Most importantly, it only applies to businesses with a turnover of up to $A3 million. As of 2020, 98.4% of Australian businesses were considered small businesses, and the vast majority (93%) of these businesses have a turnover of less than $A2 million. These organisations hold a vast amount of data and are ripe for targeting by cybercriminals. By not expanding the Privacy Act, we are leaving the data of millions of organisations open for the taking.

Another piece of the puzzle to remember is that the 2019 ACCC Digital Platforms Inquiry made a range of privacy-related recommendations. Aside from advocating for the strengthening of protections in the Privacy Act, it also called for broader reform of the Australian privacy law framework, the introduction of a privacy code of practice specifically for digital platforms and the introduction of a statutory tort for serious invasions of privacy. Much of this is yet to be progressed and is yet another example of stagnant leadership around data protection.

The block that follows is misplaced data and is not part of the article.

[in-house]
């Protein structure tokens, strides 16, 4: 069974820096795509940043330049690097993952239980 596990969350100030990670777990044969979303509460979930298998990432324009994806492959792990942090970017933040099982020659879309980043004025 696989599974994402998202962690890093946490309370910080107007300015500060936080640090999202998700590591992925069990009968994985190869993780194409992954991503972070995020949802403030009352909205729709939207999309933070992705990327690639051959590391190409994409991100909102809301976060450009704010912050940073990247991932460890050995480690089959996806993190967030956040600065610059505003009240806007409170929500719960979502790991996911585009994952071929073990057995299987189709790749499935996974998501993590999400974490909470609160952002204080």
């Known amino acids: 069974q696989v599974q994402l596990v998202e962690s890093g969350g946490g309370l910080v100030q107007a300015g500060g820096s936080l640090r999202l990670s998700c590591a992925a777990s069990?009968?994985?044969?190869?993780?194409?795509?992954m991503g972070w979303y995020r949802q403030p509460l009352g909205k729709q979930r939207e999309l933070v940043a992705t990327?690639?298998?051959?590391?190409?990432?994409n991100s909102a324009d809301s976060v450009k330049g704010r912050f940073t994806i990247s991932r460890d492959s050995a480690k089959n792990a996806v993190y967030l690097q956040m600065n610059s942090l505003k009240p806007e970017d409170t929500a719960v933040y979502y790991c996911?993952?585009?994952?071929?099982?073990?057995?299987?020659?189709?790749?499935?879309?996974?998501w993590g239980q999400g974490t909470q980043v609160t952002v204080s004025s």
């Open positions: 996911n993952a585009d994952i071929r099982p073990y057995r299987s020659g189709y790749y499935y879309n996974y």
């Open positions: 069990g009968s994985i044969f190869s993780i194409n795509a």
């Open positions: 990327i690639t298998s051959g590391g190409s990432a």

Simplified data retention regulation

Even with boards and leadership teams taking data governance more seriously in the wake of recent breaches, current data retention regulations are either completely lacking or confusing and often contradictory, leaving organisations storing data for much longer than required. This is one of the main criticisms around the Optus breach, with customers who hadn’t engaged with the organisation in years, still finding their data was compromised.